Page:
A Norwegian-Italian joint venture is set to begin producing oil from the Goliat field in Norway’s Barents Sea as soon as next month after receiving approval from a Norwegian regulator earlier this week. If the byzantine American system of Arctic oil and gas regulations continues to serve as a deterrent for development, this is what the U.S. can expect going forward: Sitting on the sidelines, just watching while other countries reap the benefits of developing the abundant resources in the Arctic.
The International Energy Agency, in its 2015 World Energy Outlook (WEO) report, projected that world demand for energy would grow “in all WEO scenarios” – by nearly 33 percent in the central scenario – and that “the world’s appetite for electricity [would lift] demand by more than 70% by 2040.” While 2040 may appear to be a long way off, there’s a need to plan ahead to ensure that the growing demand for energy will be met. Even though recent technological innovations have ushered in a new era of American energy abundance in the short term, production from the Lower 48 is expected to begin declining within the decade. Fortunately, if Arctic oil and gas development began now, the new supply would come online in the 2030s and 2040s, because Arctic projects take much longer to develop – from ten years to more than 30 years.
Other countries, recognizing the need to meet the growing demand for energy in the coming years, are seizing the opportunity. Aside from Norway and Italy, Russia is driving both oil and natural gas projects in its part of the Arctic. As Senator Murkowski said:
“Development in the Arctic is going to happen – if not here, then in Russia and Canada, and by non-Arctic nations. I personally believe that America should lead the way.”
Yet, instead of leading the way, the U.S. government has made it exceedingly difficult for oil and gas companies to operate in the Arctic. Last fall, regulatory hurdles made costs prohibitively high for Shell’s project in the Chukchi Sea. Just weeks later, the Department of Interior cancelled the Arctic offshore lease sales originally scheduled for this year and the next – effectively blocking future oil and gas development in the Arctic.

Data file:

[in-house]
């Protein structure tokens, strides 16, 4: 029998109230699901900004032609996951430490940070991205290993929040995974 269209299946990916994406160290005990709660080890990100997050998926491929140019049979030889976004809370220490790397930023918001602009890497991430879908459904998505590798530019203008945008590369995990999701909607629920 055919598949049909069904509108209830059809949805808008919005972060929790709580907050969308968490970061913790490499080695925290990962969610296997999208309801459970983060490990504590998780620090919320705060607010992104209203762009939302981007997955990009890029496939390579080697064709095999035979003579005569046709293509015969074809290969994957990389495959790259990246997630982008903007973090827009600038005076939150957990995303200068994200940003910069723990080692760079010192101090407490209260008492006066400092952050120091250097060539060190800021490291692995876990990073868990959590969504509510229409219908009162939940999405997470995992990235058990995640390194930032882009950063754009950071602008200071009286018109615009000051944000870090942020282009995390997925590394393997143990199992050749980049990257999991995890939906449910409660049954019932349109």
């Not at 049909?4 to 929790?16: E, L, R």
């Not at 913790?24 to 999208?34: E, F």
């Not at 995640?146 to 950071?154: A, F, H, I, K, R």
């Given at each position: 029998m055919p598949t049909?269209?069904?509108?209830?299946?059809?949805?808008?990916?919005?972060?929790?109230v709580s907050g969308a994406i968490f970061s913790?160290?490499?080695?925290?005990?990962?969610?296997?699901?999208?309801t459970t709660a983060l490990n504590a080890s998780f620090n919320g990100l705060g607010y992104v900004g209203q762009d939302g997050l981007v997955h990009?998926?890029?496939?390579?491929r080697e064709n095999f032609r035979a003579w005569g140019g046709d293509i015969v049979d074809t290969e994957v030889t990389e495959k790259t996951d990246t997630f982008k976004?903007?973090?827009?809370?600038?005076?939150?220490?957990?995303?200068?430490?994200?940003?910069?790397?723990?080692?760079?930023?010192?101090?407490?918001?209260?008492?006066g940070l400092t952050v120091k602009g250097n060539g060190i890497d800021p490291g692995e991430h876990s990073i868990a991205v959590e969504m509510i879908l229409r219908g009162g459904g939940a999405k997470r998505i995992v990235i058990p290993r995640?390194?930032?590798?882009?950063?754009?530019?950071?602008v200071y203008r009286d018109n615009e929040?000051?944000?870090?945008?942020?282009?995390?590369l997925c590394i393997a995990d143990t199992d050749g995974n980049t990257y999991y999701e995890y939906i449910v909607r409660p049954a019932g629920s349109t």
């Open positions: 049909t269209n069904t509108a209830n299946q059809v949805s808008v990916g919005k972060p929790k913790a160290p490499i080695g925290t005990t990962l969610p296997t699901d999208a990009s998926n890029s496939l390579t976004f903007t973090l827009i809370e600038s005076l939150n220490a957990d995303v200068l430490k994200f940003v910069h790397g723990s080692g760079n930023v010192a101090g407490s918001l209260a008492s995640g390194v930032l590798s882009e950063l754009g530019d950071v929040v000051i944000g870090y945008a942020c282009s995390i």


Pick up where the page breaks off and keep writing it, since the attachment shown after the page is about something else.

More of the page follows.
Pursuing a regulatory regime of this kind is akin to shooting ourselves in the foot: When the regulations governing Arctic development are already comprehensive, throwing obstacle after obstacle in industry’s way epitomizes a misguided short-sightedness that will close us off from future opportunities.
After all, the existing regulatory apparatus governing Arctic oil and gas projects – 12 federal agencies, 19 state agencies, and four local Alaska agencies (pg. 4-4) – is already robust. For example, when it comes to protecting wildlife, the existing and extensive regulatory regime in place includes the U.S. Fish & Wildlife Service and the National Marine Fisheries Service on the federal level; the Alaska Department of Environmental Conservation, Alaska Department of Fish and Game, and the Alaska Department of Natural Resources on the state level; and the North Slope Borough and the Alaska Eskimo Whaling Commission on the local level.
Given the sweeping regulatory protections in place, the loud support of local Alaskans for development, and the state of Alaska’s desperate need for oil and gas revenues, the U.S. should be encouraging Arctic development, instead of making it more challenging than it already is. If we continue down this overwrought, over-regulated path, we risk letting a golden opportunity slip away, left to spectate while other countries seize it.